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B.J. Widick

In the Trade Unions

(25 April 1939)

From Socialist Appeal, Vol. III No. 27, 25 April 1939, p. 2.
Transcribed & marked up by Einde O’ Callaghan for the Encyclopaedia of Trotskyism On-Line (ETOL).

With the odds at 50–50 that war will break out this spring and 80–20 that it will begin by next fall, there isn’t much time left to prepare the union movement for the trials and tribulations ahead under war-time conditions.

A study of the events in America in the last world war give a clear picture of what can be expected tomorrow, and incidentally, shows how phoney the last war for “democracy” was.

Spearhead Against I.W.W.

It was inevitable that the spear-head of the bosses’ drive against; unionism should be concentrated on the I.W.W. with its militant traditions and unrelenting struggle for the oppressed.

Chief union strength of the I.W.W. was in the Lumber Workers of the Northwest, 30,000; the Metal Mine Workers, 40,000, primarily in the Rocky mountain and Minnesota and Michigan iron ore regions; the Agricultural Workers, 24,000 and others.

In the spring of 1917 a number of small lumber strikes developed under the inhumane conditions and low wages that made work unbearable. They spread in Idaho, Washington, Oregon and Montana.

The government reply to the strikes was quick in coming. Infantry troops from Oregon were sent to leading strike centers and a round up of all pickets began. A concentration camp was erected at Ellensburgh, Washington, where many strikers were held for months without any charge being placed against them!

Resentment aver this brutal treatment spread to other lumber centers, and combined with agitation for an eight-hour day and sanitary camp conditions, a strike of 50,000 lumberworkers in the rich timber belt of Puget Sound resulted.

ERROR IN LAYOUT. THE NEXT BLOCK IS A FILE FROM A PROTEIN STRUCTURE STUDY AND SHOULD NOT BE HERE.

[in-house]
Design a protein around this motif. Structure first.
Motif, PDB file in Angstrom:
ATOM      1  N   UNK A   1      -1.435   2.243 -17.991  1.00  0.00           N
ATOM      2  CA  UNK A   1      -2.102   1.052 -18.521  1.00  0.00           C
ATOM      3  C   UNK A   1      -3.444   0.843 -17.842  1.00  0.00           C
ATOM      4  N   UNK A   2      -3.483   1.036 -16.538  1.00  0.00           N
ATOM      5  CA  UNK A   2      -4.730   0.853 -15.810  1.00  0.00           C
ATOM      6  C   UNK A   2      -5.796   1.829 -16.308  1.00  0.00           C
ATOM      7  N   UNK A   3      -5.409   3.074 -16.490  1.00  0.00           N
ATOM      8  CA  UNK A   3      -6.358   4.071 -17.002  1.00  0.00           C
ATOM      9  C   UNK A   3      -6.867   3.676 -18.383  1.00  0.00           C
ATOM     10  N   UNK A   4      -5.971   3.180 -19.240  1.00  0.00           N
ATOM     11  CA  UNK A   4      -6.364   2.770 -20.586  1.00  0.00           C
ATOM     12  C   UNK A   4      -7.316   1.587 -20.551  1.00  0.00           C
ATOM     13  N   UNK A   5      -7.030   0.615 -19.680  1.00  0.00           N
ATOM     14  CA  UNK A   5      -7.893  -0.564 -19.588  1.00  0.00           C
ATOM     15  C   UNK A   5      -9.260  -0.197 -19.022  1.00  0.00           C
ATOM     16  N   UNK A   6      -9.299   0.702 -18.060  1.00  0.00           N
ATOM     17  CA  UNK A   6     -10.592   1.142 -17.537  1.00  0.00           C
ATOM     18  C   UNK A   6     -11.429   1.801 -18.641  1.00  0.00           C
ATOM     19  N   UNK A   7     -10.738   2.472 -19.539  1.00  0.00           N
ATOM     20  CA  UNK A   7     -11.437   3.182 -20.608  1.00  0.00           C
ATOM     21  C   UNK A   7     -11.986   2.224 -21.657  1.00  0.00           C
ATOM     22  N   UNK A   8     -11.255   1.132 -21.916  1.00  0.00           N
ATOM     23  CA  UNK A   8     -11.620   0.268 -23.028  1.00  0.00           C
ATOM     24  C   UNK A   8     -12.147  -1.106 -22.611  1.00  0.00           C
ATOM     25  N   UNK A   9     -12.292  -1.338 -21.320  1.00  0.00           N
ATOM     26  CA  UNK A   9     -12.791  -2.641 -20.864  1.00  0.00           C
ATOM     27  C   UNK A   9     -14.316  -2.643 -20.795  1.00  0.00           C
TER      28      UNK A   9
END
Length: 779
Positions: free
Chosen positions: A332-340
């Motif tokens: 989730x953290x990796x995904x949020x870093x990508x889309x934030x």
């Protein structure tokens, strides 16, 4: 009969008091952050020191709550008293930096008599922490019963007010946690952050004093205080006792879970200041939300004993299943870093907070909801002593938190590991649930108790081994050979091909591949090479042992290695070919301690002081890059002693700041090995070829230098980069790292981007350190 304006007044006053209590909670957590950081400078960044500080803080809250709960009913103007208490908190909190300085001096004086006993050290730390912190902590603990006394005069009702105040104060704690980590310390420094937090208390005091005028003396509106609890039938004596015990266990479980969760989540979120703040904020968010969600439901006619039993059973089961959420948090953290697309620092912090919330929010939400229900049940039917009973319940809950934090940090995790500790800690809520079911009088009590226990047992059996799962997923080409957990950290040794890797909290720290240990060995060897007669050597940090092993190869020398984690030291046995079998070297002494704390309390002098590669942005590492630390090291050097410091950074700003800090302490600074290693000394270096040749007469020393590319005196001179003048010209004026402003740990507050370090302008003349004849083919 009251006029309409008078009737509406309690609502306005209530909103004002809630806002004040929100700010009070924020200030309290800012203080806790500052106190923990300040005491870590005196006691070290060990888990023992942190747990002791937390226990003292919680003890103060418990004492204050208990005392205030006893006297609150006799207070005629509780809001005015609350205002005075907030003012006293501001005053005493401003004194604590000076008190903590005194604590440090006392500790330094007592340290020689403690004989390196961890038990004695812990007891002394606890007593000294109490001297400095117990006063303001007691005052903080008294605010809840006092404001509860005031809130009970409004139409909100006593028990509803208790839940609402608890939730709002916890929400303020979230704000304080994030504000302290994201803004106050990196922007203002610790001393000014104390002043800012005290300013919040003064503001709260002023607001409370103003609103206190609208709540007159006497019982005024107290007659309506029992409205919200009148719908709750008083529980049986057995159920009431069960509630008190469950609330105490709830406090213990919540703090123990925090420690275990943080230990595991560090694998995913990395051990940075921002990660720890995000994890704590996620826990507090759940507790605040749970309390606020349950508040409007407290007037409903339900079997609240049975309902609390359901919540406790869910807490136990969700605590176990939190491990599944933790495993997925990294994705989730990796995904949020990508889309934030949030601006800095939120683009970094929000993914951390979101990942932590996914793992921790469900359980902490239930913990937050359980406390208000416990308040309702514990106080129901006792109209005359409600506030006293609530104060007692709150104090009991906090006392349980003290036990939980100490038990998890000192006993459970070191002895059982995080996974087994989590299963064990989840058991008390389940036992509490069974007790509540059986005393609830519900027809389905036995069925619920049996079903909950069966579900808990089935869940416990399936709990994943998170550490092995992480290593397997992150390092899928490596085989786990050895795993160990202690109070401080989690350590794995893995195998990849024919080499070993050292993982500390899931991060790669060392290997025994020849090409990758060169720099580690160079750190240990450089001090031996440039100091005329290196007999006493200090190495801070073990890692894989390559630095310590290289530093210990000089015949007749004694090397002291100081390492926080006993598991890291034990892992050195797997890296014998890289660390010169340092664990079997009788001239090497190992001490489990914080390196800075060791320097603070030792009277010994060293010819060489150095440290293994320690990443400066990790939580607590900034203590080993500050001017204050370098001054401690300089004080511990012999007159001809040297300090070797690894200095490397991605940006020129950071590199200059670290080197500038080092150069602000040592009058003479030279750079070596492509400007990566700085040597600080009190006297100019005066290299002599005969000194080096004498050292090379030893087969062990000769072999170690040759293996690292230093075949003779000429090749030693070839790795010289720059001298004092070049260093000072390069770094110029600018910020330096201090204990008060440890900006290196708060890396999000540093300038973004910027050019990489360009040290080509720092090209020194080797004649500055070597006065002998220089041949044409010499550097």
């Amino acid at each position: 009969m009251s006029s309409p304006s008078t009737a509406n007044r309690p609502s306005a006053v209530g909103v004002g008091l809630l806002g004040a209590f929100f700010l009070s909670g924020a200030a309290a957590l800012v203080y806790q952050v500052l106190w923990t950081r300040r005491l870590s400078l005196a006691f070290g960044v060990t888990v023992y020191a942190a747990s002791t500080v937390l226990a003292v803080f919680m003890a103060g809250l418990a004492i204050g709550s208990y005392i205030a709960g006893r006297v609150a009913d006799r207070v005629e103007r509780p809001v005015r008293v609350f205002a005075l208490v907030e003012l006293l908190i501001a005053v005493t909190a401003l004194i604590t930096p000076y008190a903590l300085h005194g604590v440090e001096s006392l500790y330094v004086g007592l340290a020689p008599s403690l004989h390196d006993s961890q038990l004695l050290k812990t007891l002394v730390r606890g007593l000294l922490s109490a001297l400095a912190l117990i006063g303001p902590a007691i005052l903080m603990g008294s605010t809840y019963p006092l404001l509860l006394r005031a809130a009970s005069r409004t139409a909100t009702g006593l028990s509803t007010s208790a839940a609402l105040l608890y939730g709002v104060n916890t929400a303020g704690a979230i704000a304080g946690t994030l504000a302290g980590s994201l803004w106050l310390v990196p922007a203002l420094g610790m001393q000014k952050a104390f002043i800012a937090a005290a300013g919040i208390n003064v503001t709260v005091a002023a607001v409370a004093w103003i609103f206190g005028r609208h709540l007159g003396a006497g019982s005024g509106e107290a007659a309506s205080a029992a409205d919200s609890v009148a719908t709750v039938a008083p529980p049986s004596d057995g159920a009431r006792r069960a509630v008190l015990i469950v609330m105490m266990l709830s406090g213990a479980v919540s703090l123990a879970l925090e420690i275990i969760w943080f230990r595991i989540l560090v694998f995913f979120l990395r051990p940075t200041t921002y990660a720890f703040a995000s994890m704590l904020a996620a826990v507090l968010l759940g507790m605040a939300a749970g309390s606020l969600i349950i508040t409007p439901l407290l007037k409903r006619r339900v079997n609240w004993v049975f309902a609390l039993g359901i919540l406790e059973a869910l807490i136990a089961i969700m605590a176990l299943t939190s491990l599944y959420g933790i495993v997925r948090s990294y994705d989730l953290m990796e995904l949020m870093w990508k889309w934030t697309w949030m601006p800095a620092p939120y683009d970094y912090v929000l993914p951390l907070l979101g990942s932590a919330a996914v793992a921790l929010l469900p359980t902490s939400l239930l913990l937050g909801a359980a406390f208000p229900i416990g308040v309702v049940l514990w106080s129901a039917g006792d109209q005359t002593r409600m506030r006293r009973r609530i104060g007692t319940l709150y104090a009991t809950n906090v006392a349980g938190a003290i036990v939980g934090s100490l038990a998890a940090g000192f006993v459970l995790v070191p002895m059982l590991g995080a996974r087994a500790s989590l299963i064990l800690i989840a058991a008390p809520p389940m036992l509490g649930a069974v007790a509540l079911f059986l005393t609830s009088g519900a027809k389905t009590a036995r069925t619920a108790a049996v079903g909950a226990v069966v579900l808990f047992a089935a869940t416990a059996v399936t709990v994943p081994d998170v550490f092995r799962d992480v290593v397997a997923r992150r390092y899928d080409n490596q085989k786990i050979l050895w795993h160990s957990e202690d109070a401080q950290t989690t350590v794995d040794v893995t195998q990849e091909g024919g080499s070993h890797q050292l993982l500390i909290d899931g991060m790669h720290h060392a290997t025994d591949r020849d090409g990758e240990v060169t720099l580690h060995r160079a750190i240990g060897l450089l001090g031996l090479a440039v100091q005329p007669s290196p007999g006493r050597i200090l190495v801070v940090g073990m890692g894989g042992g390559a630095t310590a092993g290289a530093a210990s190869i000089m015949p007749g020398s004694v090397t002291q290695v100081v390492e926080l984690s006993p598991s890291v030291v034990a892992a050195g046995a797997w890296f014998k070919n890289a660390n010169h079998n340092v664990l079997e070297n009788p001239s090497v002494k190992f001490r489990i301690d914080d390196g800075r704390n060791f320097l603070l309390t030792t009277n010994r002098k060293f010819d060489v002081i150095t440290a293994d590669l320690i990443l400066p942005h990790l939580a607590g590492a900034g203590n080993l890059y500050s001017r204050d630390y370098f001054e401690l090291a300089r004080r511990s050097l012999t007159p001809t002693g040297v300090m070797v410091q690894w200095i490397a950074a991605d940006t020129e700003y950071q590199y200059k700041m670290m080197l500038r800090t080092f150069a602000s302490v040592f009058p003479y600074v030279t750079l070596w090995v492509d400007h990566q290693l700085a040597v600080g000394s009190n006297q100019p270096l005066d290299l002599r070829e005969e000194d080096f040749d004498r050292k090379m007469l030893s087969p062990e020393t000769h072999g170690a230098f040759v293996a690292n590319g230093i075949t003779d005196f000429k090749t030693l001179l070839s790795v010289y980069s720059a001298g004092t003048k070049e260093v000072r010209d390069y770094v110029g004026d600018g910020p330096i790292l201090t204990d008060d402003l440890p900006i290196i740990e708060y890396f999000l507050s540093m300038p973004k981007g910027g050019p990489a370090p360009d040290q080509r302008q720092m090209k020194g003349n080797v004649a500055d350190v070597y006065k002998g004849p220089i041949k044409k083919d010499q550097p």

Miners Strike

At this time the country was scandalized to read about a disastrous fire at the Speculator mine in Butte, Montana that took the lives of 260 miners. 14,000 miners went out on strike to obtain union control of safety appliances underground and the abolition of the blacklist.

The whole Northwest and West was seething with unrest It was then that the unionists got a real taste of the “democracy” for which American workers were losing their lives in Europe.

A vigilante “Loyalty League” in Jerome, Ariz., kidnapped 100 strikers and drove them out of the area. Police aided them by arresting the strikers after they were freed by the vigilantes.

In Bisbee, Ariz., 2,000 company officials, etc., armed with rifles, dragged 1,200 strikers from their beds early on July 12, 1917, and marched them to Lowell and other nearby cities, The strikers were corralled like cattle in railroad cars used for animals amid beatings, etc. and the murder of one striker.

After the train departed, U.S. soldiers took charge of it and put the strikers in an encampment at Columbus, N.M., where they stayed for over three months! Those who left and returned to the scene of the strike were arrested!

Company gunmen kidnapped Frank Little of the General Executive Board and hanged him on August 1, 1917!

Whip Up Lynch Spirit

Meanwhile, the press of the country, as emphasized in the study made public recently by John Hopkins University, was whipping up additional lynch spirit by seeking to tie the Wobblies to the “German-Huns.” All Wobblies were German spies, according to the newspaper headlines.

The hysteria aroused by this campaign created the basis for the nationwide raids, arrests, beatings and murder of the I.W.W. members. On September 5, 1917, almost every hall of the I.W.W. in the country was raided.

The convention of the Construction Workers Industrial Union, 15,000 strong, was busted up and forty-seven delegates arrested to be held for months without charges or trial.

While many of the lumber strikes were broken, the use of a modified “sit-down strike” tactic applied as “job action” by the strikers who were forced back to work secured the eight-hour day and improvement in the sanitary conditions!

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Last updated: 15 January 2016